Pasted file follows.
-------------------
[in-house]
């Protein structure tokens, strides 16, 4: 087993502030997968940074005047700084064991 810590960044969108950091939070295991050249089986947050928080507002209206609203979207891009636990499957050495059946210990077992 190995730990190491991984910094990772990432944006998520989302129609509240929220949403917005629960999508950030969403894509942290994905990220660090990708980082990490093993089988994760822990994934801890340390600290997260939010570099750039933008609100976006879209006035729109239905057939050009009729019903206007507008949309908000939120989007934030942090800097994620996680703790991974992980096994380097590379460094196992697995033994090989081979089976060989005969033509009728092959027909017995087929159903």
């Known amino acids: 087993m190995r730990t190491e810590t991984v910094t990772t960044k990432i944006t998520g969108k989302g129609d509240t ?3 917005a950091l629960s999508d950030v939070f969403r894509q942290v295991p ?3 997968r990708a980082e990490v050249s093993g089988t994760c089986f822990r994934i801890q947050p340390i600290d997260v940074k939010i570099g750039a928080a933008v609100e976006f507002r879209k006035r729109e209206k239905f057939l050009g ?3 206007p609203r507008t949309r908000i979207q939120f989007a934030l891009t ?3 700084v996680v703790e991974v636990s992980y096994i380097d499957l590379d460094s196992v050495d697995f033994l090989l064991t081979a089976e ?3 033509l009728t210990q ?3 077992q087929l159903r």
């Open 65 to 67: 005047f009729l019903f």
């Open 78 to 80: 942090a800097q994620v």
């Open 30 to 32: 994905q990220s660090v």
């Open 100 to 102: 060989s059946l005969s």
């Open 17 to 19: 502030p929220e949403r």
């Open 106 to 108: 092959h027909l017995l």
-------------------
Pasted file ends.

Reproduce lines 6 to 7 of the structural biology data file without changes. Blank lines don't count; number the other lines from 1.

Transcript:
């Open 30 to 32: 994905q990220s660090v």
């Open 100 to 102: 060989s059946l005969s």